Sunday, April 8, 2012

Easter Sunday

I have about a jillion things on my mind today, but I'm going to save them for later.

Today is about Easter.

I love holidays. That's not news.  However, I treasure Easter for a great many reasons. The food is always wonderful. My mom is a maverick in the kitchen; her cooking is always good and her baking even better. Dinner's good, dessert's great, every single day. 

The day always seems a little slower than most Sundays as well. There's the requisite Easter basket hunt before church, followed by a good breakfast and a hot, slow shower. Church passes and is followed by a nap and a big dinner with family.  We retire outside for a some conversation and, if my nieces and nephews are around, an Easter egg hunt. Finally, we watch an uplifting movie, a musical, or reruns of Music and the Spoken Word and then it's bedtime.

But foremost, Easter is a time of rebirth. I love this time of year anyway, watching the tulips and violets and lilacs bloom around my parents' garden.  Seeing the grass wake up and watching the trees' new leaves pop from tiny buds is the perfect backdrop to that ultimate rebirth, the resurrection of our Lord and Savior Jesus Christ.

So said the angel to Mary Magdalene and Mary of Cleopas, "He is not here: for he is risen, as he said. Come see the place where the Lord lay."  As Jesus promised, His terrible, yet vital Atonement was followed in just three days' time by the peace of His resurrection.

Last year, I wrote in my journal about an experience I had performing in the choir during BYU-Idaho's production of Savior of the World. The characters Mary Magdalene and Mother Mary sing a song in Act II wherein they shout alleluias of praise and joy for the Savior's resurrection. Here are my favorite lyrics:

Angels brought the joyful tidings,
Fear not, Christ is risen this day.
Heaven came down to tend his body.
Why I grieved I cannot say.

Why do we grieve?  Why?  Mary Magdalene grieved following the Savior's death and then was perhaps sheepishly reminded that He promised to return three days hence. It's the same for us. We have been promised that as we enact that marvelous, enabling power of the Atonement in our lives, we will be returned a zillionfold everything we sacrifice in the name of discipleship.  That is a promise, a binding covenant the Lord makes with us when we enter at the gate.  And, for those with the faith enough to believe, the Lord has a great track record of keeping His promises.  And yet, we doubt. We wonder and fall and think that there's no way it could possibly be worth it. We grieve the loss of our spiritual well-being and yet do little to regain it.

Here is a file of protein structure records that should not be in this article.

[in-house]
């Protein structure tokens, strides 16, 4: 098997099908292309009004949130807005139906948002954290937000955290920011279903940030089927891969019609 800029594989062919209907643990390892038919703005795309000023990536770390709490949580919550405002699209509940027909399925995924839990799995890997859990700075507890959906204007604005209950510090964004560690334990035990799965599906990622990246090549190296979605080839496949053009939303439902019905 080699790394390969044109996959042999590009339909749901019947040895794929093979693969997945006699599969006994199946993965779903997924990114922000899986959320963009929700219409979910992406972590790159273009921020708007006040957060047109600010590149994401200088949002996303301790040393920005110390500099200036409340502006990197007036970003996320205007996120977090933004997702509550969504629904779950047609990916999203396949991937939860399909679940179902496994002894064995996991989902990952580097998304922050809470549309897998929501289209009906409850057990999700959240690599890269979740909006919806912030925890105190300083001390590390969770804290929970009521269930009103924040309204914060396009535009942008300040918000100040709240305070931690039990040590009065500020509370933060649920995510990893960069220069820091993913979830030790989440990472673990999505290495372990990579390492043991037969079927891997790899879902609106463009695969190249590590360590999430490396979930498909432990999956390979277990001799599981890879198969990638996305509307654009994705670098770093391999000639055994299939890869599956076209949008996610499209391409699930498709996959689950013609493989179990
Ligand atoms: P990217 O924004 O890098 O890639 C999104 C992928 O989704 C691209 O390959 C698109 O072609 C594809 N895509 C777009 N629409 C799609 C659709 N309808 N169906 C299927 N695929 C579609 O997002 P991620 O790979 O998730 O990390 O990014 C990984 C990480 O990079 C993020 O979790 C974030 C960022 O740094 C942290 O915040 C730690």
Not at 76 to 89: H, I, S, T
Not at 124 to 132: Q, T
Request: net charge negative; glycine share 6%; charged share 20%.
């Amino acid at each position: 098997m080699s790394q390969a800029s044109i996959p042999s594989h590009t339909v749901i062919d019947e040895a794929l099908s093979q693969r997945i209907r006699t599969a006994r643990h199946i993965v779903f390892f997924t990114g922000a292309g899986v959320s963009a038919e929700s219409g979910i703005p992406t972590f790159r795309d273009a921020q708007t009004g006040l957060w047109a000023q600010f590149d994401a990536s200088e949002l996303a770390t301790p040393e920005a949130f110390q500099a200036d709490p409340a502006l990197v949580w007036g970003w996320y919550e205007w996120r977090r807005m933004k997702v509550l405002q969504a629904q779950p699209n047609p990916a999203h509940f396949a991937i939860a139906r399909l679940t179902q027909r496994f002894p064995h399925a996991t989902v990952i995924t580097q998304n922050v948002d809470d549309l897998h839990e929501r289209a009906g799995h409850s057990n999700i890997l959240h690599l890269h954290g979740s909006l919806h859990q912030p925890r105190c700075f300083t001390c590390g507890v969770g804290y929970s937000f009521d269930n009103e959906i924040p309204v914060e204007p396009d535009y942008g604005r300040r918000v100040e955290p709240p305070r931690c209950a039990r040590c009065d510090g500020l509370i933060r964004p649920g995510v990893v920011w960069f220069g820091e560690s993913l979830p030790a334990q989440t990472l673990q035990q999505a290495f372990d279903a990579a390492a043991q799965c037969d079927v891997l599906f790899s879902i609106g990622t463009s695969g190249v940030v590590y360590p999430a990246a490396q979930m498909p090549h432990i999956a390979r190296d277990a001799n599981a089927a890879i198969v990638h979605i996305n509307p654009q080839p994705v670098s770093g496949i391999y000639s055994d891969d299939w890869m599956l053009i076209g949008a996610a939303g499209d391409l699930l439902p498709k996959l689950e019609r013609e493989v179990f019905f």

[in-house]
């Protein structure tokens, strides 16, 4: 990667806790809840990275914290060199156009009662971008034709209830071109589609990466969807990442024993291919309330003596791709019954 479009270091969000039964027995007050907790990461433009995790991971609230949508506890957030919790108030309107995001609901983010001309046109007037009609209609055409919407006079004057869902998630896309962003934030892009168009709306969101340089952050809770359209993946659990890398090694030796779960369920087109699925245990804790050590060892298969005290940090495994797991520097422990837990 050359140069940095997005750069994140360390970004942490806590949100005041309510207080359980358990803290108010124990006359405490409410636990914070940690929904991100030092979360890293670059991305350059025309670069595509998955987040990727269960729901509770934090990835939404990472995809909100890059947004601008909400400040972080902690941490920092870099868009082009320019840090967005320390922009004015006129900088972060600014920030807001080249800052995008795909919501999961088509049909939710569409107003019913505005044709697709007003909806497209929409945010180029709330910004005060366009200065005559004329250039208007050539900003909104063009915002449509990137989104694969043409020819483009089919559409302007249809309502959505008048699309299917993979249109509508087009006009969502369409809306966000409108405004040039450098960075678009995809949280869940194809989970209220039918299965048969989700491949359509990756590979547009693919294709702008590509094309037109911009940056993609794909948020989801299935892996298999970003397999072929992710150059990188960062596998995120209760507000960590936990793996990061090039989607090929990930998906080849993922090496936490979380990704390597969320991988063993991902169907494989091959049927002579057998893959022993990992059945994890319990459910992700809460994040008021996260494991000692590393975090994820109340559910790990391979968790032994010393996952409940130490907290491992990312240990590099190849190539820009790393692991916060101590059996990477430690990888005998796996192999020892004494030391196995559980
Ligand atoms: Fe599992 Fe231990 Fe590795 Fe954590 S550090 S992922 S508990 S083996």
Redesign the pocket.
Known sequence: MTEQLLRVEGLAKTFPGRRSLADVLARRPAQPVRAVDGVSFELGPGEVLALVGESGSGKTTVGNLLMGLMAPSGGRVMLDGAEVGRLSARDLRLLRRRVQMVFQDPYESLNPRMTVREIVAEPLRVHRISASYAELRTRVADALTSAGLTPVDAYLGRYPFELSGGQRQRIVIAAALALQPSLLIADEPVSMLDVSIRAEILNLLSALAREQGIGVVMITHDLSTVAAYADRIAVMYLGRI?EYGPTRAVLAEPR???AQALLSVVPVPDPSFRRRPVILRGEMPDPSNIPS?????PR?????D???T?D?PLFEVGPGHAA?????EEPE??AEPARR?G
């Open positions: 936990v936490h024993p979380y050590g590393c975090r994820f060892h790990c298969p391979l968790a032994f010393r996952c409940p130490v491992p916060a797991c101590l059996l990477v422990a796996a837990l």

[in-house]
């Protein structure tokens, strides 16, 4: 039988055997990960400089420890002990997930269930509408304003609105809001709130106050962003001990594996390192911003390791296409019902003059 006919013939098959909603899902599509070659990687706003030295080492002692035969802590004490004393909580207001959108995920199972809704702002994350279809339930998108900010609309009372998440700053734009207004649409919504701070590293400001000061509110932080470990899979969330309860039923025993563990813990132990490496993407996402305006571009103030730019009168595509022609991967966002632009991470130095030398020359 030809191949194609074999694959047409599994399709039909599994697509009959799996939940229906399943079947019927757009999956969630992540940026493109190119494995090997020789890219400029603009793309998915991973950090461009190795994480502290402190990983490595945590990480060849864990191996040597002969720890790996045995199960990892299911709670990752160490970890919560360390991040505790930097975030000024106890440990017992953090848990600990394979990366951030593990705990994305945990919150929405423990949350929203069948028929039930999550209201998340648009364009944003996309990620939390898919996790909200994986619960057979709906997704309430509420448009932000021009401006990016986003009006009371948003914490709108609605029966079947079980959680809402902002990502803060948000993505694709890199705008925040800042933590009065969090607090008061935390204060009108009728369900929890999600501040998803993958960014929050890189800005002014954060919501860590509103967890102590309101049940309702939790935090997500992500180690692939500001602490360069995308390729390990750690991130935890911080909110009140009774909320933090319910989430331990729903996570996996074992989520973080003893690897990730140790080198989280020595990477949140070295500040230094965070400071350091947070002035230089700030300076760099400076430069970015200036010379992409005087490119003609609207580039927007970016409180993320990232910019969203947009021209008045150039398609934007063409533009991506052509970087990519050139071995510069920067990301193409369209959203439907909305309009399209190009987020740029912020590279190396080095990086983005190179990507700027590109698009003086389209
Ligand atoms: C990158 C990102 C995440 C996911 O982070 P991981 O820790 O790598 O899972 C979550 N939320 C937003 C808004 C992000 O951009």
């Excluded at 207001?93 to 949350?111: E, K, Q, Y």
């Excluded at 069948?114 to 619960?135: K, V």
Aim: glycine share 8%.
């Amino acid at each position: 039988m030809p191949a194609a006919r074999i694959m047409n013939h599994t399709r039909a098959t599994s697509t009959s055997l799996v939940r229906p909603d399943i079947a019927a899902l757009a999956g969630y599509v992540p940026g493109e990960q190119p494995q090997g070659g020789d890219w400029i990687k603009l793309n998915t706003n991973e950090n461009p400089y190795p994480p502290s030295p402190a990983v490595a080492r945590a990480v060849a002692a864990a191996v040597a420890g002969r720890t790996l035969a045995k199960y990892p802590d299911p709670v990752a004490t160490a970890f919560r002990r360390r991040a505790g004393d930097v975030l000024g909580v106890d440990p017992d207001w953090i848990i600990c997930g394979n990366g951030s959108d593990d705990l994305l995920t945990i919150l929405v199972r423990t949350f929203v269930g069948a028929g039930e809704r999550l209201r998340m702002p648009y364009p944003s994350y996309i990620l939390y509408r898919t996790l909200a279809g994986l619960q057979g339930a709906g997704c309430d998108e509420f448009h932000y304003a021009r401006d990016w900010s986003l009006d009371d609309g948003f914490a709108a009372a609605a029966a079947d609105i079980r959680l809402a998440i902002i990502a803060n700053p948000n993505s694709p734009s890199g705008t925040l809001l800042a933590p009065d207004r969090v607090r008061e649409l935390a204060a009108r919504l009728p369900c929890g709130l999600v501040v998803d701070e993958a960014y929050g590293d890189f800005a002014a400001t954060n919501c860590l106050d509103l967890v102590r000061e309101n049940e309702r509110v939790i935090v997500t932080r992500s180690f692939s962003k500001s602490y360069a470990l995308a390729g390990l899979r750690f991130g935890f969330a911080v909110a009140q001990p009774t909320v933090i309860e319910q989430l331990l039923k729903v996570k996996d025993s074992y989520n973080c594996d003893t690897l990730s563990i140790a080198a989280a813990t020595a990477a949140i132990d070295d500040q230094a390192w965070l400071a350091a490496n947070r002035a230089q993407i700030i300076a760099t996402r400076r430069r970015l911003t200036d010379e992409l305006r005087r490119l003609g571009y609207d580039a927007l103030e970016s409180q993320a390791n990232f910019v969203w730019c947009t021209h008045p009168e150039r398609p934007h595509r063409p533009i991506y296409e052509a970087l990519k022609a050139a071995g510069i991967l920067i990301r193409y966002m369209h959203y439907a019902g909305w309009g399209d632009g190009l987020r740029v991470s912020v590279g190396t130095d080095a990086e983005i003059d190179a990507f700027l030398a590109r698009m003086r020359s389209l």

I also acknowledge that grief is a necessary part of being human and recovering from sad events. It's unrealistic and unjustifiable to expect followers to wander around in a borderline-medicated joyous stupor even in the face of hardship.  

I also am intimately aware that I have fallen (and continue to fall) victim to that soul-sucking despair to which I alluded earlier.  But this life need not be sad.  Our sorrows will come and go, but they can be punctuated with that hope that everything will turn out alright in the end. Our hardships and heartaches, if viewed within the proper perspective, can be invaluable sources of strength, not only in this life, but in the life to come as well.  And all will be restored to us.  The Lord won't leave us wanting because we followed Him.

Happy Easter.  Christ was risen this day and the literally earth-shattering ramifications of that miraculous event continue to be felt today.  We can "press forward... having a perfect brightness of hope" that as we obey and love and serve our Heavenly Father and his son Jesus Christ, we will receive of their glory.  I testify that He is risen and continues to advocate for us and lift us as often as we will ask him.  I love Him, He loves you, and I love you too.  

As always, if you need support, love, a shoulder to cry on, or a punching bag to abuse, e-mail me.  Address in sidebar.

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